Founded in 1896, Yaucono Coffee was somehow made it through the changing of the guard when the US took control.

Why does this matter?

Their coffee quality was one of the reasons they were able to persevere.  Yaucono has now had well over 100 years to hone their craft.

Cafe Yaucono Original Coffee Beans are a medium roast that are not oily.  The also provide a noticeable caffeine kick.

Customers of this coffee bean repeatedly comment about how low the acidity is.  So, if you have a sensitive stomach, then this may be the coffee for you.

If you are an espresso drinker, these beans produce superb crema.

In terms of complexity, not a lot of drinker are finding “notes” of other flavors like chocolate or almond.  Most just describe the flavor as smooth and rich.  However, a notable percentage took the time to mention that this is the best coffee ever.

4. Gold Coffee – Cafe Oro De Puerto Rico

Gold Coffee - Cafe Oro De Puerto Rico

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The Beneficiado de Café Torres Corporation produces this coffee through their Cafe Oro brand using coffee beans from the Lares haciendas.

Cafe Oro purchases coffee bean from approximately 1,500 families in the mountains of Puerto Rico.  They advertise that they provide a fair trade price to these families allowing them a higher standard of living.

The motto for Cafe Oro is quality from the flower to the cup of coffee (or “por eso garantizamos la calidad desde la flor hasta su taza de café”).

What’s the real story…

While we don’t consider this an expensive coffee, some felt the price was a bit high.  And, that perhaps these beans are best as a gift for a special occasion.

However, at this price, they felt the quality made these beans a wonderful gift.

Some really like how Gold Coffee – Cafe Oro Puerto Rico performed with Cold Brew techniques.  The result was smooth and rich to the taste.  Which is why it makes our list of the Best Puerto Rico coffee brands.

Wrap Up: The Best Puerto Rico Coffee Brands


Puerto Rico is well known for the hustle and bustle of San Juan.  But, the true coffee flavored charm of Puerto Rico is high in the mountain tops in the interior of the island.

Once a power house for coffee production before the United States took it over, Puerto Rico coffee brands are making a coffee comeback.  With sales making exponential growth over the last 5 years, Puerto Rico is realizing that there’s gold in them there hills.  Brown gold in the form of artisan coffee bean farming.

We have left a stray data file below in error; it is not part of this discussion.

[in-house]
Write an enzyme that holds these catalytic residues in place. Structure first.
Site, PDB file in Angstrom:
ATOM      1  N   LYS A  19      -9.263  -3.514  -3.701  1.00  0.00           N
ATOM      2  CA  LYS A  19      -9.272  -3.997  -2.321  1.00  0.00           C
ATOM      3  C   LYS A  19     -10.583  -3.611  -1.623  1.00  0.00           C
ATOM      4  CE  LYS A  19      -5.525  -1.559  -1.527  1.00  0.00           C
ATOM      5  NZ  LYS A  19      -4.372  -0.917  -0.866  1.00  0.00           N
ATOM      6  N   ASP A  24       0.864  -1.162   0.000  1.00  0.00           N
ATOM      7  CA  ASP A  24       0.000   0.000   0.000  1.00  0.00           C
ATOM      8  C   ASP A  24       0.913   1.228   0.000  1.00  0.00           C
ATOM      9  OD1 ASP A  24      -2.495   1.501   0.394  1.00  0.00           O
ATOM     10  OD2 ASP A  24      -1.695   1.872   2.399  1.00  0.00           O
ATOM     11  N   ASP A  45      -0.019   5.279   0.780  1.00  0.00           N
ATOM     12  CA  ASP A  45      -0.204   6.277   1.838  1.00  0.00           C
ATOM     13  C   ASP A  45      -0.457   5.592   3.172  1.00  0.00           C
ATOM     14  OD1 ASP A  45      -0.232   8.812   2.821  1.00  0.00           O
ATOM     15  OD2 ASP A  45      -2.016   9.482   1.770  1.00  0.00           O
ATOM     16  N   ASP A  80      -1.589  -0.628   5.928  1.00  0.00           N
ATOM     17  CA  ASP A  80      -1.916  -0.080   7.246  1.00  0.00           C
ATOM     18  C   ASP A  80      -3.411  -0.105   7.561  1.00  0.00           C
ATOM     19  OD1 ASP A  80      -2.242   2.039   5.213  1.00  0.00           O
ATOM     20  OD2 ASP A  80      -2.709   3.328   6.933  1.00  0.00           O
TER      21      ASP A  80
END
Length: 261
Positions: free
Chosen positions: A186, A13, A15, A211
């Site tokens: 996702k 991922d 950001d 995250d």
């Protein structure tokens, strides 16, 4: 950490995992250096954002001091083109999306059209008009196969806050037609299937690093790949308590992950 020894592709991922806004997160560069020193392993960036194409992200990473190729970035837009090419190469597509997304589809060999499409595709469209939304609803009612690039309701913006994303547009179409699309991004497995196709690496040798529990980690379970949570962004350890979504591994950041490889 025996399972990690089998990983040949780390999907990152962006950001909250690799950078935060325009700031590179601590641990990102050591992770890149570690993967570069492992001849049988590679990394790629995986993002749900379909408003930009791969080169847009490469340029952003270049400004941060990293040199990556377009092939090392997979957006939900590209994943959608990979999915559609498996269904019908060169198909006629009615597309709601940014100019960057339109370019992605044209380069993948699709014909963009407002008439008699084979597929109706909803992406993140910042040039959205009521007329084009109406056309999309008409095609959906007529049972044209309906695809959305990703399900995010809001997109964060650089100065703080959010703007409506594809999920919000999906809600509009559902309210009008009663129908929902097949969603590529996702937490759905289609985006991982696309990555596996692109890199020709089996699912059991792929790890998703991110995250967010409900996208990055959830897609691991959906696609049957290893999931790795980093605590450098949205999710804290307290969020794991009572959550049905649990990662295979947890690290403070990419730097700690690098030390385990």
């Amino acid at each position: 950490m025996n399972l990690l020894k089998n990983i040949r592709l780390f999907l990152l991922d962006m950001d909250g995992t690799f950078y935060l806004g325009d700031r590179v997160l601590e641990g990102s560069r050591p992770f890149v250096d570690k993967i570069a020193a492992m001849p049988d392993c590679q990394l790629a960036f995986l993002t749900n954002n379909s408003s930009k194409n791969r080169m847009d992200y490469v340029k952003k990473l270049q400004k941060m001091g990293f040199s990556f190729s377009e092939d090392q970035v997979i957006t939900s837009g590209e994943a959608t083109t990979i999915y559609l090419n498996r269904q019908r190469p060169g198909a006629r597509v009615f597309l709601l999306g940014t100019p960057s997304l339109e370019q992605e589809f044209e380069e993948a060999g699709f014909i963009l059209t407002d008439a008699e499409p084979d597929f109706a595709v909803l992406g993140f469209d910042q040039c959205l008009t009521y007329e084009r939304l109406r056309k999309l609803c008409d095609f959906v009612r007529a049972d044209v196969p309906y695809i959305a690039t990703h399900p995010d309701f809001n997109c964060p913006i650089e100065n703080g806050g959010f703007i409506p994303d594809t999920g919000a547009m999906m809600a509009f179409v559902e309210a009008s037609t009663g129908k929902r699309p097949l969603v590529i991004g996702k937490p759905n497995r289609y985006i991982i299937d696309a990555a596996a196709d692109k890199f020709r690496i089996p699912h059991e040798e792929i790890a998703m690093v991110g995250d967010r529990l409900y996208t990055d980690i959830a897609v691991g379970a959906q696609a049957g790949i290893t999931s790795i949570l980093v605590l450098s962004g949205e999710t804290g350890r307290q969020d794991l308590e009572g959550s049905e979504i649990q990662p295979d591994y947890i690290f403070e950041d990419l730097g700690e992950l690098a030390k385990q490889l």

Do You Want the BEST Puerto Rico Coffee Brand?


Bottom line:

With elevations that are very conducive to coffee farming and rich volcanic based soil, the Best Puerto Rico Coffee Brands are no longer only being sold on the island.  These high quality coffee beans are on the rise and people are beginning to recognize them as world class coffee beans.

  10 Responses to “The Best Puerto Rico Coffee Brands”

  1. Thank you so much for putting so much time and effort into this!! This was very helpful!!

  2. Mark,

    You’re very welcome! I really appreciate your kind comment.


  3. Very informative, I’m now a local and reside very close to Lares. Very excited to continue your efforts in spreading the word on the wonderful coffee found here!

  4. Larry,

    Awesome! I enjoyed researching about Puerto Rican coffee for this article.

    I hope you are doing well after Maria and that things are hopefully starting to move in the direction of getting back to normal.

    If you have any first hand info about coffee or coffee beans in your area, I’d love to hear about it!


  5. Well written but your aim need much adjusting. Yaucono is not coffee from PR.

  6. Luis,

    Thank you for your comment.

    The Yaucono I am featuring says on the bag “Café Yaucono, established in 1896, is Puerto Rico’s most iconic and beloved coffee”. And, if you go to their website, the name of the company is “Puerto Rico Coffee Roasters, LLC”.

    Can you please elaborate as to why you think this?


  7. The coffee is not listed as Puerto Rican coffee because it is blended, mixed, with coffees of other countries, such as Brazil and Vietnam.

  8. I am a year late to the article here but hopefully you will respond. Home roasting is on the rise in the US.
    I will be in PR soon on a cruise. Is there a location not far from the main piers where I can buy green coffee to take home?
    Though I will be staying a few days before the cruise, I won’t have much time to shop after the cruise. Customs rules appear that I couldn’t bring any beans purchased on the cruise and back into PR.
    Thanks for an informative article.

  9. Thomas,

    Thank you for your kind comments. Hopefully I’m not too late to answer your questions.

    I think coffee shops in OSJ, like Cuatro Sombras and Don Ruiz, will sell you coffee beans. Also, the Pueblo Supermarket or a super market near your ship’s port (not sure which port).

    Hope this helps!


  10. Cesar,

    Thank you for your interest and comment. I couldn’t tell which coffee beans you were commenting about that is blended.

    I hope you enjoyed the article!

Sorry, the comment form is closed at this time.